After a few more climbs we passed through the village of Dunquin where the half marathon would end. The road suddenly became a lot quieter. I could only see 2 runners ahead of me, 3 maybe on some stretches, but we were all very far apart. I had no idea what position I had in the field, but obviously it was pretty far towards the front. I reckoned I was doing very well.
I had taken my first gel at the 9-mile point and was wondering when I should take a second one. When I got closer to the 15-mile water station I decided not to take one now because I really did not feel like swallowing it, and following my gut instincts (literally) is usually a good idea. However, one volunteer had a bottle of energy drink in his hand, which looked rather appealing. Up to here we had only been offered water. But after one sip I realised in horror that the stuff was carbonised! It so nearly came back up again, and it sprayed out of the bottle all over my hand. Lovely. I still drank the contents though. It was hot and I was thirsty, and I managed to hold it in. Two miles later, as I was approaching the village of Ballyferriter, I saw that my spit was bright orange from that drink. What on earth was that stuff? I decided to keep to water for the rest of the race.
One other thing had happened at mile 15, the runner in front of me entered a portaloo, and I gained one place in the field. Hurray! I gained a second one just after passing through Ballyferriter, when the runner in front of me started walking. Later on, as we were nearing mile 20, the runner from mile 15 re-took his place. He passed me going at some ferocious pace that I could not possible match. On the other hand, I re-gained a place shortly later; I think someone had hit the wall and slowed down markedly. So, I was still two places to the good from the halfway point.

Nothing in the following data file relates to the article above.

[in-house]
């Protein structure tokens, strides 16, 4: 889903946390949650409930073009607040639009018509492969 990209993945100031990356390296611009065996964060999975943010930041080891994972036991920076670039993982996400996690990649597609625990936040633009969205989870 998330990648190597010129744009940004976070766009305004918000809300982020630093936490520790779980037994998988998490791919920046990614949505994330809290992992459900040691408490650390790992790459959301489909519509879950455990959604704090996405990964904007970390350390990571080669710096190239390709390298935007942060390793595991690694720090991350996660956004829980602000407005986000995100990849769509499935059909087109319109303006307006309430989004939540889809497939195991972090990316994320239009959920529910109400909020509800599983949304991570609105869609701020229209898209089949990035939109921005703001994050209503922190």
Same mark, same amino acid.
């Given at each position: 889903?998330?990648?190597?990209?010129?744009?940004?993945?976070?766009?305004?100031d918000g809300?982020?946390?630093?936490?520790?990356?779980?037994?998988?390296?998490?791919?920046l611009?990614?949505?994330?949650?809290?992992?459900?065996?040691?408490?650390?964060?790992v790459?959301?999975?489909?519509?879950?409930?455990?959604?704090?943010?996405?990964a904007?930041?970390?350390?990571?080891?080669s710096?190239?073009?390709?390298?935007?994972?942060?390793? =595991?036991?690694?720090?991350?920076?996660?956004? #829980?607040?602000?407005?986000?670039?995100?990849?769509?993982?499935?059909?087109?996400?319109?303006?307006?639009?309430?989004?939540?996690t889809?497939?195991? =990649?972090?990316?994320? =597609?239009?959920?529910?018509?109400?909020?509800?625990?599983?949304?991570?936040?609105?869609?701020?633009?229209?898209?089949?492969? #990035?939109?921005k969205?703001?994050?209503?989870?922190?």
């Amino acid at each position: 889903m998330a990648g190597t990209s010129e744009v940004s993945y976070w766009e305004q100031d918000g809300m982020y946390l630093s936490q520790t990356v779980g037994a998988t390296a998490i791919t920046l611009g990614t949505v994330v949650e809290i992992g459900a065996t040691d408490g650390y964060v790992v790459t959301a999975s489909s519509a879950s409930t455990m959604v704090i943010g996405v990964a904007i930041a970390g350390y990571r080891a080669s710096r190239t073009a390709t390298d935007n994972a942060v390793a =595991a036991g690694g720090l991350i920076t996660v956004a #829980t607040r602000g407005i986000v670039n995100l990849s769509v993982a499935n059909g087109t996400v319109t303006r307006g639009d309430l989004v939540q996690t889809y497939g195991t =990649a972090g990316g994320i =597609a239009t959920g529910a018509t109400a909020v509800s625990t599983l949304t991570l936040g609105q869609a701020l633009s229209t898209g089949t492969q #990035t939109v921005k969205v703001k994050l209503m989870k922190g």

Looking at the chart now I can see that I started losing it around the 19-mile mark. Up to then the pace had pretty much followed the frequent ups and downs of the course, but from here on I started slowing slightly. Having said that, it was not apparent to me at the time. I kept marvelling how well I was feeling, and I was pretty sure I had never felt so fresh at the 20-mile point in a marathon. The contrast to my last marathon, Boston, was particularly striking. Back then I had been in agony since mile 15 and was hanging on for dear life, today I still had plenty in the tank and even though the legs were tired, it was nothing I could not handle.
However, whenever I looked up I could see the mountain looming ahead. It reminded me very much of Connemara’s “Hell off the West”, and I was in no illusion about the task ahead. This was going to be tough, and just before the 21-mile water station I took my second gel, want it or not. I reckoned I needed a bit of energy.